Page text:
Friday, 27 June 2008


So...The electorate have decided, but over the coming months, as experience builds or new information comes to light, people become convinced that the decision was wrong or that there could have been a better solution. What would trigger a new vote on the issue?

Interactive Democracy would allow new suggestions, or even the re-submission of old suggestions, that may gain increasing amounts of support and force Parliament to look at the issue again. But there may also be another way: individuals may be able to change their minds after the vote was cast and declare that they had made a mistake, switching to another choice on the ballot 'paper' (web site). This wouldn't have an immediate effect, but once the majority has shifted to a different solution it would trigger Parliament to review the situation and ultimately to call a new referendum.

Is this becoming too complicated? I don't know, but it would be a simple thing to set up in the original design of the ID service, at little extra cost, and may some day be a useful tool within the democratic framework.

Tuesday, 24 June 2008


Gary Marcus is Professor of Psychology at NYU and author of "Kluge: The Happhazard Construction of the Human Mind", which provides some insight into how our brains fail us. The notion that even the greatest political leaders have fallible brains is central to the idea of improving democracy.

Thursday, 19 June 2008

Referendum Unreliability

Recently the Irish voted "No" on the new European Treaty of Lisbon. It has been suggested that this wasn't so much a vote against the Treaty as a condemnation of all the prior silliness, injustices and perceived domination by Eurocrats: all those little rules that prevent grocers from selling a pound of potatoes and ensure that our cucumbers are the right shape! In short, there's a risk that votes are "off topic" - a potential problem for all referendum and Interactive Democracy!
However, I contend that by making referendums frequent, people are more likely to vote "on topic", knowing that there will soon be opportunities to pass judgment on other, separate issues.
Moreover, if voters are given the opportunity to set the agenda for referenda, through the ePetition system, "off topic" protest votes are even less likely.

Friday, 13 June 2008

If it's unclear, vote NO

If a bill is presented for referendum and the content is so abstruse that you can't understand it, then why not vote NO? That's one way of telling the politicians to pull their socks up and write it more clearly!
(It may need to be backed up by a document in legalese.)


In relation to an Irish referendum on the European Treaty of Lisbon the Irish Independent asked "Why should I vote Yes to a legal document I don't understand?"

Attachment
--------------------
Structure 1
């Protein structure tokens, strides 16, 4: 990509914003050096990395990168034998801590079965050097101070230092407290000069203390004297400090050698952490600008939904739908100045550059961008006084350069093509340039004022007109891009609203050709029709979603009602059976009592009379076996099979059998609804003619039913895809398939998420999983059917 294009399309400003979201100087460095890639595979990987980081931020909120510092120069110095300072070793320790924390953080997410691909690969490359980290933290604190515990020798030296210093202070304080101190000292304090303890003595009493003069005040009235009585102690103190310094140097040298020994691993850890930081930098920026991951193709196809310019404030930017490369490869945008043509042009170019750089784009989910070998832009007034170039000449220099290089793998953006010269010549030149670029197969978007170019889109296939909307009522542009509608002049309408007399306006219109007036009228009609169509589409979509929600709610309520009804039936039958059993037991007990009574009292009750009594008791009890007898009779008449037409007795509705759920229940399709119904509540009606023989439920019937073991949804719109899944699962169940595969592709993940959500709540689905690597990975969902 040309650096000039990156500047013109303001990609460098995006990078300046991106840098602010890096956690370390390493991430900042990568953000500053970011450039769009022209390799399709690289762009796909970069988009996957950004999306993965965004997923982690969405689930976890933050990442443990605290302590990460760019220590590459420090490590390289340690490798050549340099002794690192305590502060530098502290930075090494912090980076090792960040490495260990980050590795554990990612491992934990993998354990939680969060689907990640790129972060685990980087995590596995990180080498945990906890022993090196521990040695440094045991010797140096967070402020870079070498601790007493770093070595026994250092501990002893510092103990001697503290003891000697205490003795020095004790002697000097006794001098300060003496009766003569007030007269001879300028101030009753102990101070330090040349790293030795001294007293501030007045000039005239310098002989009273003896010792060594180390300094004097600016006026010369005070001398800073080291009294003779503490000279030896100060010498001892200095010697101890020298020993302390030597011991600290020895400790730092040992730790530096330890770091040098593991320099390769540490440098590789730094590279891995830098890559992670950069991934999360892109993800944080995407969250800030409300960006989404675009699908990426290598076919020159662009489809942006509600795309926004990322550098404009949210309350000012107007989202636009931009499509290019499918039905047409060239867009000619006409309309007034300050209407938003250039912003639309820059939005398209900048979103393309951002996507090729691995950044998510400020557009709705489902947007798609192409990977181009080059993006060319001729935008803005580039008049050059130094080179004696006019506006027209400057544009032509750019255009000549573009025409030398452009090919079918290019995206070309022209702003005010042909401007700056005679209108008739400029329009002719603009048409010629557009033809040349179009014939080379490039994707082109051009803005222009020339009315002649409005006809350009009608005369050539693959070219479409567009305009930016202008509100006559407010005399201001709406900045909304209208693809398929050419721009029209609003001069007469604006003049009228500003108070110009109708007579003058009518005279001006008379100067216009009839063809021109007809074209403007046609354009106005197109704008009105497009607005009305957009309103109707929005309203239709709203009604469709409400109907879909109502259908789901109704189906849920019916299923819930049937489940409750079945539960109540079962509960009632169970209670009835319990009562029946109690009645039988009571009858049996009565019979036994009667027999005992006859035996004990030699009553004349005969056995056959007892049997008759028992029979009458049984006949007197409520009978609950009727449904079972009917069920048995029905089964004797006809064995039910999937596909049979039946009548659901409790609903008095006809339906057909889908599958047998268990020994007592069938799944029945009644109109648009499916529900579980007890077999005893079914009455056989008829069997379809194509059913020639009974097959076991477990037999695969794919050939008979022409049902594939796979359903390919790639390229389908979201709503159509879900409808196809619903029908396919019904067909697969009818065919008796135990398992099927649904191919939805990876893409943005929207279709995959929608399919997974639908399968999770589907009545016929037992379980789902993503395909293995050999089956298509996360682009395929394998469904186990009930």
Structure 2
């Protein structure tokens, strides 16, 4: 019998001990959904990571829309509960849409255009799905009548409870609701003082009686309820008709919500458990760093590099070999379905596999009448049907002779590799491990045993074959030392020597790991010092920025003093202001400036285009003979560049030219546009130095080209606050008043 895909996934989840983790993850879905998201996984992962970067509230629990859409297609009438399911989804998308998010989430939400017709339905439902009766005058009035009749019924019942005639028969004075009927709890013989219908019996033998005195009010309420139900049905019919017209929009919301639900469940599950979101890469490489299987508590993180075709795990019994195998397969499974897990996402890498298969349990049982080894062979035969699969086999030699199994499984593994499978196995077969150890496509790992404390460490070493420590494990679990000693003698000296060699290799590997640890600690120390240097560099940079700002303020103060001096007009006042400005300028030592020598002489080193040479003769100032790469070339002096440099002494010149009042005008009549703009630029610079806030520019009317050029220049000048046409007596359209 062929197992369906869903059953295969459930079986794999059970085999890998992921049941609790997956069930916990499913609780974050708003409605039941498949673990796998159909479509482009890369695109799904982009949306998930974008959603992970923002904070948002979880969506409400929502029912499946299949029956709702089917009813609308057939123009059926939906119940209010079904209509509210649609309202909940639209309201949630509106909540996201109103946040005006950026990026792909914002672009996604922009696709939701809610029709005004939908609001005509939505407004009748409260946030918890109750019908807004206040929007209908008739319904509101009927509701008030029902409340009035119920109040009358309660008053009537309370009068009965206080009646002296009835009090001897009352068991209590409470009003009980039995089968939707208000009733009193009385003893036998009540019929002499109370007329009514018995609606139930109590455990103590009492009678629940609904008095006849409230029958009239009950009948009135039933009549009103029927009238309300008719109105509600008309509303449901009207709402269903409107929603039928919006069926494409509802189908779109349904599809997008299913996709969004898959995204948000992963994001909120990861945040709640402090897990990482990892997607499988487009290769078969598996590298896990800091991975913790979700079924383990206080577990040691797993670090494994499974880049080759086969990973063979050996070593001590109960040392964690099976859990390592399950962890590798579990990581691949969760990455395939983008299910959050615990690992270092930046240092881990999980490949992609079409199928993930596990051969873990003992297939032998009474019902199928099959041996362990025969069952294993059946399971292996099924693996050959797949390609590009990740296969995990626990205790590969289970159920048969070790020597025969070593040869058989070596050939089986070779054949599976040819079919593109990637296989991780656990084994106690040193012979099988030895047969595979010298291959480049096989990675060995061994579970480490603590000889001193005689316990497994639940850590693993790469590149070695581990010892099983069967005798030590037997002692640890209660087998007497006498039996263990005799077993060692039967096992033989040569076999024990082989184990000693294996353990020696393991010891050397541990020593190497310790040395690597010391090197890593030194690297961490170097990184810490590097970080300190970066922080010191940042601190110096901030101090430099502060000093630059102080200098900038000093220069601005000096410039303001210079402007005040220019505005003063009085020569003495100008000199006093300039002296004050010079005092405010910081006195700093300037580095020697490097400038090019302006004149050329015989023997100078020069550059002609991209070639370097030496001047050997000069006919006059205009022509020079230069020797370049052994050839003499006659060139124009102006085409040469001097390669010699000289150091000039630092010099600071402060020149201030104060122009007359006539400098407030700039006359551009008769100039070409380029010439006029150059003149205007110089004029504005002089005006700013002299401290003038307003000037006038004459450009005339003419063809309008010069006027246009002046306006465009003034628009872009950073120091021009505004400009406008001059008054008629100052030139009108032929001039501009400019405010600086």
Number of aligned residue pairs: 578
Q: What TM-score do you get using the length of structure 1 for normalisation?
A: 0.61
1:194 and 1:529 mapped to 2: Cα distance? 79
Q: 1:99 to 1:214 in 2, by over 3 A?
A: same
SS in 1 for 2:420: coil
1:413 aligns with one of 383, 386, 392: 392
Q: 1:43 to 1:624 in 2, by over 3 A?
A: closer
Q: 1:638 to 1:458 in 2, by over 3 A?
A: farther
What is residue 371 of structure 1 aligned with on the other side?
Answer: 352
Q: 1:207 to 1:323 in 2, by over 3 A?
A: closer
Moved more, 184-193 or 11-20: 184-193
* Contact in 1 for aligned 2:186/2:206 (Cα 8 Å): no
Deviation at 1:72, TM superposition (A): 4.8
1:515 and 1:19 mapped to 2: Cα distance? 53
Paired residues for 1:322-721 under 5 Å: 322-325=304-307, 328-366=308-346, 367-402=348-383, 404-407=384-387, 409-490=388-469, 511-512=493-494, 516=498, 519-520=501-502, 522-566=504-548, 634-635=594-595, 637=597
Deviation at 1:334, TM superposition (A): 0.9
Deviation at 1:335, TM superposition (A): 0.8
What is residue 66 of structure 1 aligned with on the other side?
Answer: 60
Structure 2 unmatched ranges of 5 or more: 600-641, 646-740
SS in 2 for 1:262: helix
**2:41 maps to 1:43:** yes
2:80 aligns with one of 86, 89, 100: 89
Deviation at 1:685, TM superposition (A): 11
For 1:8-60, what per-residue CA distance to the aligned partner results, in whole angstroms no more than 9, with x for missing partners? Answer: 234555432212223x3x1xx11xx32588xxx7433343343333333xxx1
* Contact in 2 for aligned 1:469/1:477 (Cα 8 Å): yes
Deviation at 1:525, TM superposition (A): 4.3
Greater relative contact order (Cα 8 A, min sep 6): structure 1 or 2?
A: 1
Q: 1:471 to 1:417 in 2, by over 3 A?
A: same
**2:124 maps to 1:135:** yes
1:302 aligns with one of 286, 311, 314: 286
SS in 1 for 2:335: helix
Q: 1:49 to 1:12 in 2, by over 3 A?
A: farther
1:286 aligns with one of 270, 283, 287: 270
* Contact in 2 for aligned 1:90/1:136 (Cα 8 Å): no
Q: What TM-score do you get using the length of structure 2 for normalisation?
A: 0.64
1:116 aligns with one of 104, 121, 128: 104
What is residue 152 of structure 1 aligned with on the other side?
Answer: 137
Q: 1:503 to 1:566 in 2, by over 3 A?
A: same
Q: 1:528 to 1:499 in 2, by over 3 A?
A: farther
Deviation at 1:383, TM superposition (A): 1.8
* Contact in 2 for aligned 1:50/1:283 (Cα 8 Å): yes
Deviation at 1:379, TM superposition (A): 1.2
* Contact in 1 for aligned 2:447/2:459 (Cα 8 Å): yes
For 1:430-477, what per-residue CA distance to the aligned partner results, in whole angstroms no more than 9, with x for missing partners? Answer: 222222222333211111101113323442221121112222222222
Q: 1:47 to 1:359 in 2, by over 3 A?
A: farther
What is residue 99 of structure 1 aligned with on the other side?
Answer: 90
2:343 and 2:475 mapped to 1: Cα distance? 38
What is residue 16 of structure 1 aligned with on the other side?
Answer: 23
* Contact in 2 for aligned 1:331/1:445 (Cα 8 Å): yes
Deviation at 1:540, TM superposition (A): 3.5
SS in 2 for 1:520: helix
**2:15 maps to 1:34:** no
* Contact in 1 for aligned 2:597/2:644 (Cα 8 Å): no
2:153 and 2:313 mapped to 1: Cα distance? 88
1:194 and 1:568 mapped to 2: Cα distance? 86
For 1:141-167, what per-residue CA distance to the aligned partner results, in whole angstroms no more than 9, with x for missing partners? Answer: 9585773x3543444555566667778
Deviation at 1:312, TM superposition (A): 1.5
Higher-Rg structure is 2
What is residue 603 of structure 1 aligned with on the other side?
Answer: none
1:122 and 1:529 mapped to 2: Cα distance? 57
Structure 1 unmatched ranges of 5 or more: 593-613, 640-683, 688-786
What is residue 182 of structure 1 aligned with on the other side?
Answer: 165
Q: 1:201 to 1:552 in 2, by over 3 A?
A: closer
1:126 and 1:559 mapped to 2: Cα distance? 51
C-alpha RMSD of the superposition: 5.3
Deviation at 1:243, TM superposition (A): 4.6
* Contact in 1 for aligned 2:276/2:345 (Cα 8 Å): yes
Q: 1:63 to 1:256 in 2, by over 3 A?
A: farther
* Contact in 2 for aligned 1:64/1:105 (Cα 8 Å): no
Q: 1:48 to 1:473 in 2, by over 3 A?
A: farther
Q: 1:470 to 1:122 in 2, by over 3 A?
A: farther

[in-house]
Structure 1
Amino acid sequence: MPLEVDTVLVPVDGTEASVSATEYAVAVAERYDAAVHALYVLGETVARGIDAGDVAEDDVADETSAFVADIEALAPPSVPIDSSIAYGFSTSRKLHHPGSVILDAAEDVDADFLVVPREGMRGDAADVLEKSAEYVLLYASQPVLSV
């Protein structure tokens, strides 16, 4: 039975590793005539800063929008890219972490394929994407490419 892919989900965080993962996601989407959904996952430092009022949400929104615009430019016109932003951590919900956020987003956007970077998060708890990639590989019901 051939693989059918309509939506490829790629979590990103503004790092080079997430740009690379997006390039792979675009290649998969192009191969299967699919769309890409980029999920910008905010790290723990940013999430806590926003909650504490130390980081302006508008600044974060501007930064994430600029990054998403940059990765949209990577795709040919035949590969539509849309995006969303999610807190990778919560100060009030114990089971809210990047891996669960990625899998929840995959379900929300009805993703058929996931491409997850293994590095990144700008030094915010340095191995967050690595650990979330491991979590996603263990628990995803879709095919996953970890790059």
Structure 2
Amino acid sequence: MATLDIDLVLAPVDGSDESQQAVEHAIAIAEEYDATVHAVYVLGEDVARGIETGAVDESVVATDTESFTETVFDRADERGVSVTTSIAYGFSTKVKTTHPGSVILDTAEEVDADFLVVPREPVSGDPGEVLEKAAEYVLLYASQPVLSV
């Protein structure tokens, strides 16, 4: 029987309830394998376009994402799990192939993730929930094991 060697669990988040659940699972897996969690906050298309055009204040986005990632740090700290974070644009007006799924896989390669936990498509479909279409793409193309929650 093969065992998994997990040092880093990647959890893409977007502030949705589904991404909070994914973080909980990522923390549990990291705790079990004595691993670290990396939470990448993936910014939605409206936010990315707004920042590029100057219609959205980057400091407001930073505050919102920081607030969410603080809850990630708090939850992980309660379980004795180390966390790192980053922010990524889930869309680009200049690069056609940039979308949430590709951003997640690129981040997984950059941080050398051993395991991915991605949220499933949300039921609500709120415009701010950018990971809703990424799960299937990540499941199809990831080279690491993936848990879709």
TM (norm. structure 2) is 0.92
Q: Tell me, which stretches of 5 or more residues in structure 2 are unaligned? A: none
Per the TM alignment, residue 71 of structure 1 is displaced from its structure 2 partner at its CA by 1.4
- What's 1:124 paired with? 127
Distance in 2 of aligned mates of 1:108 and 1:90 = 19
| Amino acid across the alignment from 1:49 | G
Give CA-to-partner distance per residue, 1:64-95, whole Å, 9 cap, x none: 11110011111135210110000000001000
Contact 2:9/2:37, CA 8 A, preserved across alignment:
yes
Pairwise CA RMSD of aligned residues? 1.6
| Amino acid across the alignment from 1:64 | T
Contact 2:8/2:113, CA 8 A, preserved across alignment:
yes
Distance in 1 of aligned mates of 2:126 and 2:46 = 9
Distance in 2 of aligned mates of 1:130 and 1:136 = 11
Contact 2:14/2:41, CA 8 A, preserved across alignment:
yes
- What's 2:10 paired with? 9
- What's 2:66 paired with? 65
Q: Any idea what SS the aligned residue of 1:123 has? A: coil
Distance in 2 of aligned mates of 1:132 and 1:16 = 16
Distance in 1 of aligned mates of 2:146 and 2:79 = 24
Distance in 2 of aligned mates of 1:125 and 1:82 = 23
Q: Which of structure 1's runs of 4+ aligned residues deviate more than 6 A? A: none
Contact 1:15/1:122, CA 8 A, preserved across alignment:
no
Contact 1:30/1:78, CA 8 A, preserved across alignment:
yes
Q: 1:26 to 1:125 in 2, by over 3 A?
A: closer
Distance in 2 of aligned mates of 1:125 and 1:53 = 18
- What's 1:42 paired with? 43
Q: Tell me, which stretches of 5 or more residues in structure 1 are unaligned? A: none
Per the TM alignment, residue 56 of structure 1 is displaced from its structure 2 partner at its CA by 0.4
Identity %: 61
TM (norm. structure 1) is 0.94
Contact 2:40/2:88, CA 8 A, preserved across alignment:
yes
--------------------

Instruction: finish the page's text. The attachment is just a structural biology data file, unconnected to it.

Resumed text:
Lawyers may be surprised to learn that Joe Bloggs doesn't read any of the law he's expected to comply with and if he did (and managed to stay awake through the process) the chances are he'd be utterly confused. But this doesn't stop us from complying. Or approving of it.
There may be good reason for legalese to eliminate loopholes, but there is also good reason for clarity. It's not impossible: just look at the American Bill of Rights! In my opinion each bill requires a simple and succinct "executive summary", approved by parliament.

Thursday, 5 June 2008

Government Initiatives BEFORE Public Support

Interactive Democracy is a slow process best suited to careful consideration of social change... but the world can move at a fast pace!

I think that the elected Government should be able to implement new policies without going through the long winded process of ID. This may be especially important in international diplomacy or solving any type of crisis. However, the electorate should wield the ultimate power in a true democracy and policies should be changed if the government loses a subsequent challenge won through the ID process.

I'd expect the Opposition in Parliament to continue in its role of questioning and challenging the government. Undoubtedly with a view to their own electability and future prospects as the new government.

Tuesday, 3 June 2008

Hierarchy is Important

We live in a hierarchical society which is essential for getting things done. Interactive Democracy doesn't undermine this structure. The people at the top are best placed to manage and coordinate complex systems and to make sure that individual effort is amplified by collective action rather than dissipated in random directions. However, that does not mean that the people at the top are best placed to understand what the majority wants, or even always what's best for them!... This is where ID comes in.

Designed by Customers

Most businesses would love to have the opportunity for customers to be involved in product development. Especially if everyone was guaranteed to purchase.

Interactive Democracy could be viewed as a system that allows customers (the electorate) to help develop new products (laws). Market research (referendum) is then carried out to ensure that it is what the majority wants, even before it is manufactured (implemented) and there is a guarantee that everyone buys it (tax).

This is very different from having a committee (Parliament) design the product (law).